The goals and beliefs that teachers hold help frame the strategies that they implement. Schoenfeld (1998), through detailed analyses of expert and novice teachers, examined how teachers’ knowledge, goals, and beliefs lead them to implement action plans. In his study, the novice teacher used a teacher-centered approach, (1) asking known-answer questions, (2) listening to students’ responses, and then (3) evaluating the responses. For example, when teaching a lesson on exponents, this teacher (1a) asked for the answer to a problem, (2a) the student responded correctly that he subtracted, and the teacher (3a) answered “OK,” an evaluation of the response. The teacher asked the student what he subtracted and then elaborated on the student’s correct response. All this proceeded according to the teacher’s plan. This teacher believed that the students’ responses provided springboards for teacher explanations. When students’ responses diverged (as in the student didn't have the correct answer), [the teacher's] limited pedagogical content knowledge prevented him from adapting his plan. Later, on a more difficult problem, students’ responses were not what the teacher expected, and the teacher had to generate an alternative example. TThe students did not understand the connection between the new example and the original problem, and they did not produce an answer that the teacher could use to build an explanation as in the earlier example. he teacher did not have an understanding of how incorrect student responses could be a window into their understanding and how these understandings could be used to focus discussions.

Excerpt Two

In contrast, Schoenfeld (1998) found very different results in the analyses of expert teachers (Jim Minstrell and Deborah Ball). Minstrell viewed learning as a sense-making activity and used questioning in productive ways. The lesson studied focused on issues of measurement in everyday contexts. Rather than being driven by a topic from the text, as with the novice teacher, the lesson was driven by problem-centered discussions. The teacher used questioning to guide student thinking. In particular, he used a technique called the reflective toss. (otherwise known as rephrasing) In the reflective toss, the teacher takes the meaning of a student statement and throws responsibility for elaboration back to the student. (ie. "Can you share your thoughts using other words?) He used these statements to help students clarify meaning, consider a variety of views, and monitor their own thinking. For example, as students were discussing how one might decide what number might be a best value from a list of measurements, a student noted that one number in a list was repeated several times. Minstrell asked the student for clarification (using the rephrasing technique) and if there were any other repeated numbers. Another student proposed what was essentially a formula for a weighted average. This was unexpected. As Minstrell asked the students for further explanation, they developed a formula for calculating the weighted average. Ball’s classroom was more student-centered; her goal was to develop a particular type of intellectual community in which the pursuit of mathematical ideas was highly valued. She juggled competing goals as the students and teachers co-constructed the agenda. She started her elementary mathematics class by asking students for comments on the previous days’ lessons. They then discussed issues related to their understanding.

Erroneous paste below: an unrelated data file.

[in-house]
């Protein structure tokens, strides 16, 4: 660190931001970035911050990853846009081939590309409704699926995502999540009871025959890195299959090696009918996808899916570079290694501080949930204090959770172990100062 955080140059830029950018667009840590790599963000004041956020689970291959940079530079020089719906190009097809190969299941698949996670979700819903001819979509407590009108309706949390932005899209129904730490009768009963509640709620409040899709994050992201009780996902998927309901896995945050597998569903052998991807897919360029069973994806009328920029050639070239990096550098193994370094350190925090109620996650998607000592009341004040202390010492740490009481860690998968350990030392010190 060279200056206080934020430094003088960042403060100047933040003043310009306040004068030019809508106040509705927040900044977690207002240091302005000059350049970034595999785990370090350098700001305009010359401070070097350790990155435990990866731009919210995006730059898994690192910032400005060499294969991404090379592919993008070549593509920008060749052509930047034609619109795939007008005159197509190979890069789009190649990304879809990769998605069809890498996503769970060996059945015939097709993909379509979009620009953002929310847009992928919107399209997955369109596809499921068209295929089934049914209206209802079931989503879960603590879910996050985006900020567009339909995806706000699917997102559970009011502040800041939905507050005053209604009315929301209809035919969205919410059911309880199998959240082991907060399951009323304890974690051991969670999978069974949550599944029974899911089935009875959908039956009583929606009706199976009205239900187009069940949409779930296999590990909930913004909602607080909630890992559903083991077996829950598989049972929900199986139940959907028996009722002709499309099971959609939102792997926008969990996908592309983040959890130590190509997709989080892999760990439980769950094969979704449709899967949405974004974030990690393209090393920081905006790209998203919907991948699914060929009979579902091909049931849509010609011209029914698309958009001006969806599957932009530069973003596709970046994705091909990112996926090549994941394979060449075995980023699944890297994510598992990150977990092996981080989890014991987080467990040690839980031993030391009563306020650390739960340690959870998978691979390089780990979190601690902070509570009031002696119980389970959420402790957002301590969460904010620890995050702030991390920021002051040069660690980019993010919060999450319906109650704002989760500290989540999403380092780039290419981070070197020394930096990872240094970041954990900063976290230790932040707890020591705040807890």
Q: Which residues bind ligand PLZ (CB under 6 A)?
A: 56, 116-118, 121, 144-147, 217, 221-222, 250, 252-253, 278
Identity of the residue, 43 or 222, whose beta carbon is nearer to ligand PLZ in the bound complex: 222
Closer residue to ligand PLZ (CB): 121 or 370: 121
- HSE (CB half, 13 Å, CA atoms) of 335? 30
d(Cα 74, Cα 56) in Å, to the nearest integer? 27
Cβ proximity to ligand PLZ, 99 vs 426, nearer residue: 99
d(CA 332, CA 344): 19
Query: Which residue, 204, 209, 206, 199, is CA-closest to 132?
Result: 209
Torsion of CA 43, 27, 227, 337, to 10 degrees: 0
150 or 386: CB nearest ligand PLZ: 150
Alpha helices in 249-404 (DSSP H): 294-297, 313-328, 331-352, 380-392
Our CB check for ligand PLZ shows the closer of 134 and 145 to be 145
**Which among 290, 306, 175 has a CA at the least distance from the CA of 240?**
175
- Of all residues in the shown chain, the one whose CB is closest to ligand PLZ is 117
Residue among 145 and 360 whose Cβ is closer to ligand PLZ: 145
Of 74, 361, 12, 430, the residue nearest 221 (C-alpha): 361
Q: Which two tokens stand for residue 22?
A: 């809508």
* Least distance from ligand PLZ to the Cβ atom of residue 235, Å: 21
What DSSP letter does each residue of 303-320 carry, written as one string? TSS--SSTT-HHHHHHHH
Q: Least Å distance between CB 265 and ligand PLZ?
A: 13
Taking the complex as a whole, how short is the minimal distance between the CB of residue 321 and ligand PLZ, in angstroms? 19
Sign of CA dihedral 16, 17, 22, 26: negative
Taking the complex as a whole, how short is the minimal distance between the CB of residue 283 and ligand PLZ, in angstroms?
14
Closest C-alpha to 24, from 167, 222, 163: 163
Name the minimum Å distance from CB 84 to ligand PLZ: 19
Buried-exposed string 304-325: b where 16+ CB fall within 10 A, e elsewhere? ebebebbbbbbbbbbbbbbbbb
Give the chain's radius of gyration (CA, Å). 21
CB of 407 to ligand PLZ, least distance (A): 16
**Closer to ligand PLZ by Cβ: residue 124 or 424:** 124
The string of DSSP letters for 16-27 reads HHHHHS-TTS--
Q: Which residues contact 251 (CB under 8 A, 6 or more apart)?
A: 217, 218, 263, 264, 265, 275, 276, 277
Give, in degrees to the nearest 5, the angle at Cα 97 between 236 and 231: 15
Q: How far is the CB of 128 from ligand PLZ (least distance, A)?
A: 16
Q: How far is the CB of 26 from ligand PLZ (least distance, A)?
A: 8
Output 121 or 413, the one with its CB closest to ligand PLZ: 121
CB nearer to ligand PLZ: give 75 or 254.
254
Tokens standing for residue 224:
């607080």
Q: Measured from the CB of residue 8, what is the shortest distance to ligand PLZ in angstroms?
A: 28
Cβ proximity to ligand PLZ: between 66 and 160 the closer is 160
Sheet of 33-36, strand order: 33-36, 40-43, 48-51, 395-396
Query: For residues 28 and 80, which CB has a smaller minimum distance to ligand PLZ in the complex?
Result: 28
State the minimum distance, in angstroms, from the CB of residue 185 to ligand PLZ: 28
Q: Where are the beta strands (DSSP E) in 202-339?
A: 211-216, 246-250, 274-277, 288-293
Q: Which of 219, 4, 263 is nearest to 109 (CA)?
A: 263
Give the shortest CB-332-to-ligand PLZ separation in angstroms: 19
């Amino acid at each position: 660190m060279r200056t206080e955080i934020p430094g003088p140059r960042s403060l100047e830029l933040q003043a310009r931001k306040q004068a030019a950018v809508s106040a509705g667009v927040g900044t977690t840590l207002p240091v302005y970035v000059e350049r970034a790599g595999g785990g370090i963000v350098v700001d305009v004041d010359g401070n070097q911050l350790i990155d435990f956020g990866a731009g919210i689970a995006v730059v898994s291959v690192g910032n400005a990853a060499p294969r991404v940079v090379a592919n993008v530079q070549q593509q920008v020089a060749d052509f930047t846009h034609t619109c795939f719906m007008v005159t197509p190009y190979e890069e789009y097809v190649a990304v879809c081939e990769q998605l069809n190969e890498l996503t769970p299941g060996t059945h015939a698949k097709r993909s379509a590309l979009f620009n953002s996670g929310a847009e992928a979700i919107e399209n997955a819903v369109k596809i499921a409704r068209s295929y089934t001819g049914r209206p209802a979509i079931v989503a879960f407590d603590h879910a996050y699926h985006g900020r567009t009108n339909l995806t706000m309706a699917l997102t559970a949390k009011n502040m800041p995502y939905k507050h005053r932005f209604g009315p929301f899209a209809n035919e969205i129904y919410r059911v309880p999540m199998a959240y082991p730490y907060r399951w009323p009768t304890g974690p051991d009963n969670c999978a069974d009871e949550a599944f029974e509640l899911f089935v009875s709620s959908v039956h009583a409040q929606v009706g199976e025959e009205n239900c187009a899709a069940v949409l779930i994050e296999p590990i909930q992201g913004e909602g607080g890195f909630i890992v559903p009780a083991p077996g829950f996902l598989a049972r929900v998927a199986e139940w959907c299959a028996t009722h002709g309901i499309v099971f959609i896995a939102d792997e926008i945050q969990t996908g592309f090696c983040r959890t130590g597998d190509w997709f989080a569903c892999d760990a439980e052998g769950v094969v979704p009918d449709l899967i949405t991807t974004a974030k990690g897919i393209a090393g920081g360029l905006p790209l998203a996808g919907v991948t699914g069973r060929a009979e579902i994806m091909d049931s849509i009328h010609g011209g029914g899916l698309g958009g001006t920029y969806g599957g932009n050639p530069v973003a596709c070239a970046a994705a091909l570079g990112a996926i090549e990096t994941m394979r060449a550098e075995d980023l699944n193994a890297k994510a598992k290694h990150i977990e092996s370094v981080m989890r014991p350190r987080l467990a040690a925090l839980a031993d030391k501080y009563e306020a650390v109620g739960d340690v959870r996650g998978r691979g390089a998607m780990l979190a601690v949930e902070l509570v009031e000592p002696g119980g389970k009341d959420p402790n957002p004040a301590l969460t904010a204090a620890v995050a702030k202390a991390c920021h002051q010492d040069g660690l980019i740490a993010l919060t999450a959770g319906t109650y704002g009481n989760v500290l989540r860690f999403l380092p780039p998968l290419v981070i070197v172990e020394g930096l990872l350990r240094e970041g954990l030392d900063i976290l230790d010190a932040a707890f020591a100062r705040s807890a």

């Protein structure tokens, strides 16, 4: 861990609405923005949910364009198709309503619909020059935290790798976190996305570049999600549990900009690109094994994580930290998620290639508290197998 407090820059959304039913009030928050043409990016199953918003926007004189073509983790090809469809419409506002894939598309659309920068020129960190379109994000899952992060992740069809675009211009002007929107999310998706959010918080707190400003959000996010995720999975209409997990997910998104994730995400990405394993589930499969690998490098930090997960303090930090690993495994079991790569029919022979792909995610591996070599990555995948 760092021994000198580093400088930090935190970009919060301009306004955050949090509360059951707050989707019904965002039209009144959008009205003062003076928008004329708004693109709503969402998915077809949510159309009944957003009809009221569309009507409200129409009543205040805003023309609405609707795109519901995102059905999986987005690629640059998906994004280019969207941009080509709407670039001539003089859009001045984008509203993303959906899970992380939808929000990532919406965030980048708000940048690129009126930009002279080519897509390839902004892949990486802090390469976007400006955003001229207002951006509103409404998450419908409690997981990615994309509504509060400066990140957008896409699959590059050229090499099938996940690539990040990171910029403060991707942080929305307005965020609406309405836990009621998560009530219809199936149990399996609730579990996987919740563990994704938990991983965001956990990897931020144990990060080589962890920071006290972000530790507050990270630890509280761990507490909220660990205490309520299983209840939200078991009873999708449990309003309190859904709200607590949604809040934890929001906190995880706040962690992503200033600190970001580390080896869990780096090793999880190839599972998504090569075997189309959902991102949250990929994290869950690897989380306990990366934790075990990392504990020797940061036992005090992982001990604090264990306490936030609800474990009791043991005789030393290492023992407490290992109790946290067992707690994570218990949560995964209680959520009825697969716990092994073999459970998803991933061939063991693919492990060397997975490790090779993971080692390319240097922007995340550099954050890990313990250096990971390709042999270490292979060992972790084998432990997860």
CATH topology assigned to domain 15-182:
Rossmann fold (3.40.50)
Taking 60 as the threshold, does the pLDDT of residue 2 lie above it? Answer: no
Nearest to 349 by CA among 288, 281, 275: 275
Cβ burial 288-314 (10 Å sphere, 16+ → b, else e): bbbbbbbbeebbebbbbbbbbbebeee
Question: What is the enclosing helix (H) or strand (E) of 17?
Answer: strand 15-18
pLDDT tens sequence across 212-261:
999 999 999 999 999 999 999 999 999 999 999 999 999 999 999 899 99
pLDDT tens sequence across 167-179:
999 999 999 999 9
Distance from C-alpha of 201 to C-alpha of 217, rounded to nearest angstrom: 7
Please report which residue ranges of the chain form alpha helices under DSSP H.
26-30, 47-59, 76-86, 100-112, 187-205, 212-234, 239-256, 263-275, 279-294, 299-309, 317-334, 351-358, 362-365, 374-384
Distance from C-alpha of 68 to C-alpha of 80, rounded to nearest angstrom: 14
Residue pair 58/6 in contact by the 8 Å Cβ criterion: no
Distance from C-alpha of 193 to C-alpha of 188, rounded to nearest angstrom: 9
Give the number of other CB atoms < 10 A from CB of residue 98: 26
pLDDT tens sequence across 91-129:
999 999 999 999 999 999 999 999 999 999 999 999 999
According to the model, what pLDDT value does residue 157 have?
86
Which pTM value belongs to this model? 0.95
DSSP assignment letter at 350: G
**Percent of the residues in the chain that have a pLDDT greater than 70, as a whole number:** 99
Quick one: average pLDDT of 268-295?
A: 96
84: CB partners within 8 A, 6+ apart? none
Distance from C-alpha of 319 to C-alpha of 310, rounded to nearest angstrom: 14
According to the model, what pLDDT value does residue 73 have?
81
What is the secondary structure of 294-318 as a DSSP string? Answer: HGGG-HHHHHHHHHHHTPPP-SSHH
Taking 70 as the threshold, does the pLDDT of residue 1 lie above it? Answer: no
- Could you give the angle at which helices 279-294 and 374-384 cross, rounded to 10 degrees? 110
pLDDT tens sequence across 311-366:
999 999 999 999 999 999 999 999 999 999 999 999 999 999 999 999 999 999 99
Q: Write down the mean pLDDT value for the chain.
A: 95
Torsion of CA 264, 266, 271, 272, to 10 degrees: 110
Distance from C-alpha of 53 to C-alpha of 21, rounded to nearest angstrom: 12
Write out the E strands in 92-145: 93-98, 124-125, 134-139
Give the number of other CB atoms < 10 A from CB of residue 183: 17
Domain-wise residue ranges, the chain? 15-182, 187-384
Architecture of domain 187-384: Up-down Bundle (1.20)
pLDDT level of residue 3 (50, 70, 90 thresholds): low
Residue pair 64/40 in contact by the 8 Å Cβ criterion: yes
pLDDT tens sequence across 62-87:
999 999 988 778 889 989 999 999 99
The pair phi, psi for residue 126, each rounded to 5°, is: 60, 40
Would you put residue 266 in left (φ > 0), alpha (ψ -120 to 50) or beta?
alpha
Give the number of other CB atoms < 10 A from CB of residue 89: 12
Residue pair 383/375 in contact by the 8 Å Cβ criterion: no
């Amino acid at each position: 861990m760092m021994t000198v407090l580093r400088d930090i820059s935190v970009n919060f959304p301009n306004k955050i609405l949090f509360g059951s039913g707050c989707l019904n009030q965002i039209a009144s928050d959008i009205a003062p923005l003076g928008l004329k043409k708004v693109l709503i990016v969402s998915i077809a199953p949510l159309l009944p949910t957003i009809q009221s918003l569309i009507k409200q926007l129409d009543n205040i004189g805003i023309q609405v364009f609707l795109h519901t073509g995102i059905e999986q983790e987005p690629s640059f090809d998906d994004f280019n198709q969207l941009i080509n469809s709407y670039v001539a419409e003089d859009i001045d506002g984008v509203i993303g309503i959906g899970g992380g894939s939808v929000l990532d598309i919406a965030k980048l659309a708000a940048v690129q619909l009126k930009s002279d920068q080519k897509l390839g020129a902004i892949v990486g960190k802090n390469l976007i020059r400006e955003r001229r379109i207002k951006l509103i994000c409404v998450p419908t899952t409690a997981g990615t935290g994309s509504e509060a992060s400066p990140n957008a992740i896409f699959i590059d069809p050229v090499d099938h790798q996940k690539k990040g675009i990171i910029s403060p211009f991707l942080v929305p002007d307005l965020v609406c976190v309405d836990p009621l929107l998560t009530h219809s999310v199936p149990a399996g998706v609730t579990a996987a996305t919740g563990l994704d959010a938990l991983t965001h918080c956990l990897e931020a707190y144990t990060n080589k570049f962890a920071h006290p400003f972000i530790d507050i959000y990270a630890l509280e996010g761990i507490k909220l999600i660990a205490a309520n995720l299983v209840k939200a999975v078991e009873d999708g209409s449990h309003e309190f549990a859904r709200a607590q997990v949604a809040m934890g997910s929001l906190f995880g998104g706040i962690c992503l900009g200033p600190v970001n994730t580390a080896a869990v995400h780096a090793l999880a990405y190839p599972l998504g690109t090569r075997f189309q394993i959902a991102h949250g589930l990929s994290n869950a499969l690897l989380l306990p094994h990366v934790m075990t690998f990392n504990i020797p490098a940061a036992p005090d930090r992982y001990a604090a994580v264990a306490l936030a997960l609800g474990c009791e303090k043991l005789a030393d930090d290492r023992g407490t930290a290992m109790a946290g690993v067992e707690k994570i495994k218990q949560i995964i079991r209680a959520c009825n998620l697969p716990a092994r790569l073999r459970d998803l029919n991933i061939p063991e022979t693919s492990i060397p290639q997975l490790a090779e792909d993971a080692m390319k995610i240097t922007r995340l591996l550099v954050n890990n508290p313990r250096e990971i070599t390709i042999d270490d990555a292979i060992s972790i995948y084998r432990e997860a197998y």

What are the characteristics of a model PBL, or home schooling teacher? (Substitute PBL Teacher or PBL Facilitator with Homeschooling parent)

The PBL method requires students to become responsible for their own learning. The PBL teacher is a facilitator of student learning, and his/her interventions diminish as students progressively take on responsibility for their own learning processes. This method is characteristically carried out in small, facilitated groups and takes advantage of the social aspect of learning through discussion, problem solving, and study with peers (Hmelo-Silver, 2004). The facilitator guides students in the learning process, pushing them to think deeply, and models the kinds of questions that students need to be asking themselves, thus forming a cognitive apprenticeship (Collins et al., 1989). As a cognitive apprenticeship, PBL situates learning in complex problems (Hmelo-Silver, 2004). Facilitators make key aspects of expertise visible through questions that scaffold student learning through modeling, coaching, and eventually fading back some of their support. In PBL the facilitator is an expert learner, able to model good strategies for learning and thinking, rather than providing expertise in specific content. This role is critical, as the facilitator must continually monitor the discussion, selecting and implementing appropriate strategies as needed. As students become more experienced with PBL, facilitators can fade their scaffolding until finally the learners adopt much of their questioning role. Student learning occurs as students collaboratively engage in constructive processing. (A subtle sales pitch for larger families ;-).

(The article is entitled "Goals and Strategies of a Problem-based Learning Facilitator, by
Cindy E. Hmelo-Silver and Howard S. Barrows,

The article begins with a simple example of a gradeschool classroom and moves to a medical school, where Problem Based Learning is used in much the same way to prepare medical students over a two year period for their NBDE-1 exam.

My point is sharing this, is to reinforce how simple teaching and learning at home can be. As I have asked my children about their home schooling experience, it was the projects, and major work projects like adding on to the house, and remodeling, and building of go karts and hover crafts, that presented meaningful problems and validating solutions as they figured it out.

Maybe this isn't for everyone. I am so thankful it was for our kids and family though.

Saturday, September 19, 2009

How Hard Do You Want Him To Try To Help You?

Got this from my son David who heard it in a talk by President Clark at BYUI. I think I have this right. Which quadrant are you in vis-a-vis your children? Which quadrant are the best parents in? Which quadrant is God in as it relates to us as His children?